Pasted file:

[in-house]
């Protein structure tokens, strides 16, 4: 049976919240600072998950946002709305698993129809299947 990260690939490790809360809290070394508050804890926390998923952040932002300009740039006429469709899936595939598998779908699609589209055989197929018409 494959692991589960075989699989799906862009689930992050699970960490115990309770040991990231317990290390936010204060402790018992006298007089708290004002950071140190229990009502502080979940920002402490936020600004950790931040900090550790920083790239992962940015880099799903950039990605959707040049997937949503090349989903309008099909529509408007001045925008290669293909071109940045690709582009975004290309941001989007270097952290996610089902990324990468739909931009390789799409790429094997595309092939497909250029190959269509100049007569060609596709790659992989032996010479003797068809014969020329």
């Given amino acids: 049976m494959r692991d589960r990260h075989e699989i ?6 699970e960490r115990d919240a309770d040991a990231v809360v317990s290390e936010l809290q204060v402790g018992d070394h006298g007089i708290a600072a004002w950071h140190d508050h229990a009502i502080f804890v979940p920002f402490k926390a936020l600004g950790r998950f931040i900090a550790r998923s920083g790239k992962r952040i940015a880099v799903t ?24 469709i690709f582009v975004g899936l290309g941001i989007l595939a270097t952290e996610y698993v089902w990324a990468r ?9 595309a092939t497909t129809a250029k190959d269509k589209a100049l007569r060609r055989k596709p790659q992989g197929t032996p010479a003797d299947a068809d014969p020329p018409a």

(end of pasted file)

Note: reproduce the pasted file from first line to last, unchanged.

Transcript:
[in-house]
């Protein structure tokens, strides 16, 4: 049976919240600072998950946002709305698993129809299947 990260690939490790809360809290070394508050804890926390998923952040932002300009740039006429469709899936595939598998779908699609589209055989197929018409 494959692991589960075989699989799906862009689930992050699970960490115990309770040991990231317990290390936010204060402790018992006298007089708290004002950071140190229990009502502080979940920002402490936020600004950790931040900090550790920083790239992962940015880099799903950039990605959707040049997937949503090349989903309008099909529509408007001045925008290669293909071109940045690709582009975004290309941001989007270097952290996610089902990324990468739909931009390789799409790429094997595309092939497909250029190959269509100049007569060609596709790659992989032996010479003797068809014969020329």
């Given amino acids: 049976m494959r692991d589960r990260h075989e699989i ?6 699970e960490r115990d919240a309770d040991a990231v809360v317990s290390e936010l809290q204060v402790g018992d070394h006298g007089i708290a600072a004002w950071h140190d508050h229990a009502i502080f804890v979940p920002f402490k926390a936020l600004g950790r998950f931040i900090a550790r998923s920083g790239k992962r952040i940015a880099v799903t ?24 469709i690709f582009v975004g899936l290309g941001i989007l595939a270097t952290e996610y698993v089902w990324a990468r ?9 595309a092939t497909t129809a250029k190959d269509k589209a100049l007569r060609r055989k596709p790659q992989g197929t032996p010479a003797d299947a068809d014969p020329p018409a």